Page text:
Batman: Earth One Vol. 2 (DC Comics) Review

The Batman of Earth One returns for another adventure, as he continues to learn the ropes of being a vigilante. Here is our review!

I’m not sure this kind of Batman story is for me. It really comes down to whether you liked the tone of Geoff Johns and Gary Frank’s Batman: Earth One Vol. 1. There’s plenty here for fans of the first book: new villain origin stories, detective work, and a less-than-stellar Batman. 

If you enjoyed the grim tone of Vol. 1, Bruce Wayne on a quest for vengeance against the people who had his parents killed, then you’ll really enjoy Vol. 2, which continues the story of a very serious vigilante. I don’t think Bruce smiles once in the entire book, and you know Alfred didn’t. Not even throwing a love interest at Bruce (which usually works, right?) softens up the man’s face, which seems to be frozen in a scowl. 

In light of recent Batman adventures in the main DC Comics line, the tone and direction those stories have taken under editor Mark Doyle, it’s hard to return to a day when something as gloomy as Batman: Earth One was the status quo for New 52 Batman. And I’m biased here: Scott Snyder and Greg Capullo’s “Zero Year” and Grant Morrison’s Batman run are more along the lines of what I want in my Batbooks — the larger-than-life adventures, bright colors, spy film sensibilities, and exagerrated violence that the best contemporary Bat tales offer at the flip of the switch. Everything, in a world where Bats is always one step ahead, still manages to be unexpected. 

But Geoff Johns’ writing in this book is not that. It’s too controlled, lacking of energy, and not allowed too many interesting moments. Like his plot is being gripped at the neck by a leash. While I wasn’t a big fan of the first volume, it still held a bit of the flamboyance of characters such as Penguin, Killer Croc, and (especially) Birthday Boy, who I absolutely love. But Vol. 2 doesn’t hold to that, serving more as a crime drama that’s already been done before. The comparisons to Batman: The Long Halloween, in which Jim Gordon, Harvey Dent, and Bruce agree to take on the mob head on, are unavoidable. While Harvey is joined by his sister and mayor, Jessica Dent, their fate is exactly what you’d expect. The price of war is a big one. 

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The villain doesn’t help, either. It’s not much of a spoiler to say that the Riddler is the main villain, since Johns and Frank set him up in the last panel of Vol. 1. I have to point out that Johns and Frank teased their Riddler more than a year ahead of Batman: Zero Year, which also featured the villain in a larger-than-life story that saw him flood Gotham and turn it into a literal cement jungle. And Earth One’s Riddler might be even worse for that connection. Nowhere near the grand scale of “Zero Year”‘s mastermind, this Riddler comes off as another thug, dipped into a frustrating realism that probably only Christopher Nolan would have been able to pull off. Maybe. There is one moment I won’t spoil with the Riddler that really sends some exclamation points tumbling down the page.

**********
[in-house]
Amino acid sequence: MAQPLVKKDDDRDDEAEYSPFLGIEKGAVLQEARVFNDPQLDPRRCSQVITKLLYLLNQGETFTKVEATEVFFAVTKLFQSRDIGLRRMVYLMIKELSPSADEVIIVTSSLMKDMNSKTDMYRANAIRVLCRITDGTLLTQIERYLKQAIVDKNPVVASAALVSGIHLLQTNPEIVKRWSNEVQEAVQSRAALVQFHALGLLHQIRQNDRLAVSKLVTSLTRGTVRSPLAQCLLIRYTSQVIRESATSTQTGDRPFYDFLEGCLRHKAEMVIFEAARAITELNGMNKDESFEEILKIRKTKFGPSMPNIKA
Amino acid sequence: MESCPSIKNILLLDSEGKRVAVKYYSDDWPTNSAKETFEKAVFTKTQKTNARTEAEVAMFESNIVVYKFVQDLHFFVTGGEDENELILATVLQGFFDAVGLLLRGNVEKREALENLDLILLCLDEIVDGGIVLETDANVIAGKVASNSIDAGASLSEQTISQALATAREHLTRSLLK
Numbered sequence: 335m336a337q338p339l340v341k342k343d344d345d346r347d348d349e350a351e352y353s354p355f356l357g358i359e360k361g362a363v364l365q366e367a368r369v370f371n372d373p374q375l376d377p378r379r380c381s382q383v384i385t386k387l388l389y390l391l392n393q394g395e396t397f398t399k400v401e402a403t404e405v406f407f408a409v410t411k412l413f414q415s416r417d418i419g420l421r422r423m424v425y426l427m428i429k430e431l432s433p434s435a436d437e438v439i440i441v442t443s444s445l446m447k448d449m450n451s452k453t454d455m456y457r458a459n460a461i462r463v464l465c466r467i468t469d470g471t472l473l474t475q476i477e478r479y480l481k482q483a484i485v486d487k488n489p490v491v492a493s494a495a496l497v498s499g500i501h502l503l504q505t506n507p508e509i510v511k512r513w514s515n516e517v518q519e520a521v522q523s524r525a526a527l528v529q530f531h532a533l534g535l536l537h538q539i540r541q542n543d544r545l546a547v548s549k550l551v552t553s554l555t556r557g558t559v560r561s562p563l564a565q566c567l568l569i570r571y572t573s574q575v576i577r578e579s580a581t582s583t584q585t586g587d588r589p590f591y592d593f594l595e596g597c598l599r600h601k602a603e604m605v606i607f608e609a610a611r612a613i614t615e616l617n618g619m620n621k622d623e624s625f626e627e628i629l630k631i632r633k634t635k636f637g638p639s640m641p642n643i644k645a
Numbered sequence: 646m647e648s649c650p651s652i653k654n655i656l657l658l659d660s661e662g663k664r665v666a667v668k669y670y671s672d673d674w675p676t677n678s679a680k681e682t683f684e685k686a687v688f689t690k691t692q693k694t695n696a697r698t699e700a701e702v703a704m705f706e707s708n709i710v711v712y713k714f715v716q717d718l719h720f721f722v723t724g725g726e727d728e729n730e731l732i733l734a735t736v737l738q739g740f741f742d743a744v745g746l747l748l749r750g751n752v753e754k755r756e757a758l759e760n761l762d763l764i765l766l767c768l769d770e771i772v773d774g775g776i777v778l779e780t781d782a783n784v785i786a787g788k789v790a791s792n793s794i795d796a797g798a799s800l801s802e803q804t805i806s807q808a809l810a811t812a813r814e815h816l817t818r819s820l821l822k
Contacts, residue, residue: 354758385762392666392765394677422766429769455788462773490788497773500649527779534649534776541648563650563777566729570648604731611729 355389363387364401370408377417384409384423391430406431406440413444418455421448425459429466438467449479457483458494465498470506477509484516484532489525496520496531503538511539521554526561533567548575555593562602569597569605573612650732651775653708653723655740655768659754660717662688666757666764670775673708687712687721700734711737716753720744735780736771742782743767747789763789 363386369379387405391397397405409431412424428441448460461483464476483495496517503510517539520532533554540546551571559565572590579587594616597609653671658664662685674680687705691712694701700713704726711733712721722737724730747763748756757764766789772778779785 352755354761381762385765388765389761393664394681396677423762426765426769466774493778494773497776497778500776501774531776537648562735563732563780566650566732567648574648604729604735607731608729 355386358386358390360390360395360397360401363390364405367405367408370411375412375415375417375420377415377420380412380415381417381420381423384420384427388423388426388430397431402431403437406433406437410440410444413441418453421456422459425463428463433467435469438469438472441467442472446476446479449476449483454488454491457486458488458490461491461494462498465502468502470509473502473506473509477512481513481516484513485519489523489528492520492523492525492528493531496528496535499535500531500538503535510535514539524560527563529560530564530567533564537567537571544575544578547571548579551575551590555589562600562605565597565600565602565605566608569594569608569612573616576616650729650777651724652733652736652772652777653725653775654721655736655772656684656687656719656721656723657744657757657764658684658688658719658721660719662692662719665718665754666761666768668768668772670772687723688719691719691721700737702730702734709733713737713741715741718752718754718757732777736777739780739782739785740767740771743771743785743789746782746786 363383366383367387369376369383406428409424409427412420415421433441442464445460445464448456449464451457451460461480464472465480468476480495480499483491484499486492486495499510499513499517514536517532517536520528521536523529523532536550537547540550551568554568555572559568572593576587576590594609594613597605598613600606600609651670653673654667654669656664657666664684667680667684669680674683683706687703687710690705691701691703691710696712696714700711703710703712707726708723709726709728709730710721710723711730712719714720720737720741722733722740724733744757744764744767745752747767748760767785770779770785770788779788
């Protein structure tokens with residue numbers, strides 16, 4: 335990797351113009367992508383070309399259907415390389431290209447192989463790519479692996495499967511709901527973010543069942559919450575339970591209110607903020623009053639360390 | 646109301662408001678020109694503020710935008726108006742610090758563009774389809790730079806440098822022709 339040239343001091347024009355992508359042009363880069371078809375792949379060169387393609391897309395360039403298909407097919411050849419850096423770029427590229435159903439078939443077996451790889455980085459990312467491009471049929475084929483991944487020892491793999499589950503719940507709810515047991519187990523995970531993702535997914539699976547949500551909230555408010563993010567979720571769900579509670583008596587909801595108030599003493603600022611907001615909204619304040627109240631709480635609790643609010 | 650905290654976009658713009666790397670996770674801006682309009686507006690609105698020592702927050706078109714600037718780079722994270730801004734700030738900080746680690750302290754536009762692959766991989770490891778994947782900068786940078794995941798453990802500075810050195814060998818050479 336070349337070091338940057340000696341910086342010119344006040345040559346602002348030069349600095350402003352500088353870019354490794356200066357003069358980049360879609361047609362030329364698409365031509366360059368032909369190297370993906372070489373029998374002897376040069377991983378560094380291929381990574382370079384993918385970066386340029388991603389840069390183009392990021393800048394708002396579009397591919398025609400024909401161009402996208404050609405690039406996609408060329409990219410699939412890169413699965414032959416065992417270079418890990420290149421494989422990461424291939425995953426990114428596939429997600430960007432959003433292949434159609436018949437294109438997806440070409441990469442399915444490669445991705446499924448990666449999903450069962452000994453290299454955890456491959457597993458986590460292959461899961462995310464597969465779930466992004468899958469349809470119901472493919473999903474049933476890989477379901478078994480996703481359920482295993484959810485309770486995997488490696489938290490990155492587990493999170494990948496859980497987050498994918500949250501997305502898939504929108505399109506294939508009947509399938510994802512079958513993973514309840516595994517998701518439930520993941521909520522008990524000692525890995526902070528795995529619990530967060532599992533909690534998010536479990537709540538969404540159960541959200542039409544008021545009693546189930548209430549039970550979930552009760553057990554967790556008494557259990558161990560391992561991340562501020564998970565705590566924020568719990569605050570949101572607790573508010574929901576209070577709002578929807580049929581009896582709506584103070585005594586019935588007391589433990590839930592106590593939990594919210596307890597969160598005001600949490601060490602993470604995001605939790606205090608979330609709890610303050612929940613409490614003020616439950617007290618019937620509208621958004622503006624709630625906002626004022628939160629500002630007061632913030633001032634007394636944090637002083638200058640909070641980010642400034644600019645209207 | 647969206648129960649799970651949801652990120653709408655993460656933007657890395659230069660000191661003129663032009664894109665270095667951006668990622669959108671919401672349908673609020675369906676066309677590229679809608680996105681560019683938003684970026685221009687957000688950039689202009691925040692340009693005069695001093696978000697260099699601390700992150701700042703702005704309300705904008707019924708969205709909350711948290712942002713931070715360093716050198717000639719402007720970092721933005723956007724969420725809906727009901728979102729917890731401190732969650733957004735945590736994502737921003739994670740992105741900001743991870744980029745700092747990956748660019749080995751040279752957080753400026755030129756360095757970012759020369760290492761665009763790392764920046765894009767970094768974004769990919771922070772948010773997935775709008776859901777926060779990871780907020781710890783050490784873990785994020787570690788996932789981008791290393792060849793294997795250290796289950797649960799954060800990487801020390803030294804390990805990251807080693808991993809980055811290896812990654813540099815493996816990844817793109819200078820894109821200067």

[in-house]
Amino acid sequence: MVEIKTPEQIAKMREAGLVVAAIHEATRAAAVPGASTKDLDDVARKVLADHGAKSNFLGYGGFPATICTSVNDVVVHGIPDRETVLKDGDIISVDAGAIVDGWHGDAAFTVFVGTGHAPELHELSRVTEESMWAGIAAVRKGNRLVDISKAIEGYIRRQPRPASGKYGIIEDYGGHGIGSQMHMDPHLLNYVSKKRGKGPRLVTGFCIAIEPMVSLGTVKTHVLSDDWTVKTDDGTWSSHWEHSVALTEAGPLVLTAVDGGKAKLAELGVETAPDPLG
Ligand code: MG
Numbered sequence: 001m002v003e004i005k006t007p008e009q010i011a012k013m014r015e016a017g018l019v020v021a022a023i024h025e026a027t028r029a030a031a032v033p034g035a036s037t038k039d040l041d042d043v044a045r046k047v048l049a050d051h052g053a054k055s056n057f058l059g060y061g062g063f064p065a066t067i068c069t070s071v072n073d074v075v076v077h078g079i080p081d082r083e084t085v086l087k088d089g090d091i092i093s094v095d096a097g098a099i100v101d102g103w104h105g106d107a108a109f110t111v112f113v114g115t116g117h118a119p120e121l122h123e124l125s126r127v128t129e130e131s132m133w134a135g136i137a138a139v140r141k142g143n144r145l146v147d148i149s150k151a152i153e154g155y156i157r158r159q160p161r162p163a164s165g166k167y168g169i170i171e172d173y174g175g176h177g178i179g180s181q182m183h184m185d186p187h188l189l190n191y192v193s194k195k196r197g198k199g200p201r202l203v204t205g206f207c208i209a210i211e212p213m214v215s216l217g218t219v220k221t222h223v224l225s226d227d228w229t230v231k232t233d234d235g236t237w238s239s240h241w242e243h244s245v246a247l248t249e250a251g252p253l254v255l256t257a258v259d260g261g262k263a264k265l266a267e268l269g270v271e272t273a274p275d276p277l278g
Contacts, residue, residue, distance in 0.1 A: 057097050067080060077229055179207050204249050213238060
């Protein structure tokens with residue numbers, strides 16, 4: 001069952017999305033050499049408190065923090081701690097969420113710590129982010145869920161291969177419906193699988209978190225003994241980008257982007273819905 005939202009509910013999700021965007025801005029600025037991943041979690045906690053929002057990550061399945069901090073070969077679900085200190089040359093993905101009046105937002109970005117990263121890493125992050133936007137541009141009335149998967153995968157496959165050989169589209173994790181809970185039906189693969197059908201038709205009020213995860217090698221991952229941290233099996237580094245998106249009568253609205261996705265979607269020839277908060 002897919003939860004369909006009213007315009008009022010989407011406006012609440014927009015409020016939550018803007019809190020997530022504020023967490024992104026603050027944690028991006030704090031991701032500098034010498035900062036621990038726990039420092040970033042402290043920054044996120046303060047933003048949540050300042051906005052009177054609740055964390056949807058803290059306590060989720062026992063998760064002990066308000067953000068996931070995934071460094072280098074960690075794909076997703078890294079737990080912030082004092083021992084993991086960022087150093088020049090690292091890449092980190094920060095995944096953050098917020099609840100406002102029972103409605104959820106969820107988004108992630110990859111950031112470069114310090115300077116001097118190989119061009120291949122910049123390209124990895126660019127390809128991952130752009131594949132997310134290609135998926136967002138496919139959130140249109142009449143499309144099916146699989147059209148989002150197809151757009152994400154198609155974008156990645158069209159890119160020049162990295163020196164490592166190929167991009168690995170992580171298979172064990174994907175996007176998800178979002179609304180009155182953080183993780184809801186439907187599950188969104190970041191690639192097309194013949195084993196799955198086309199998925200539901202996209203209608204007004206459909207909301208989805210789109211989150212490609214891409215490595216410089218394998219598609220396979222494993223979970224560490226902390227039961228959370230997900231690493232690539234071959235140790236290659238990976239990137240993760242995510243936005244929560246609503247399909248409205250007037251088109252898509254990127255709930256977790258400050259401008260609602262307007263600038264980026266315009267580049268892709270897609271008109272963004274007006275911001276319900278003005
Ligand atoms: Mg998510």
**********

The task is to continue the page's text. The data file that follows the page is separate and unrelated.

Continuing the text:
Frank’s design for the Riddler is quite different: long, grungy hair, a bare chest, and a gold chain that is a bit more cartoonish gangster than this book probably warranted, but I like it. The artist continues to take these well-known characters and twist them just enough to make them interesting. The militaristic Alfred remains my favorite, followed by the slim celebrity of Harvey Bullock. What a job Frank does to make the detective handsome. Harvey Dent looks like a beefy jock, a bully. But missing from this volume are the hulking villains that Frank’s pencils afforded us in the first book. They made the very muted color, thick browns, and oppressive shadows of Vol. 1 so much more interesting. (Dare I say “bearable?”) Frank, this explosive and talented artist, isn’t allowed that here. Instead, he is stifled by the darkness of Earth One

I don’t much enjoy the realism of these Batman stories, never teetering away from the serious. Instead, this story embraces what makes Batman so sad and angry. And that’s all well and fine. He’s a tortured badass. But at least have some fun with it while you’re at it. 


2.5 out of 5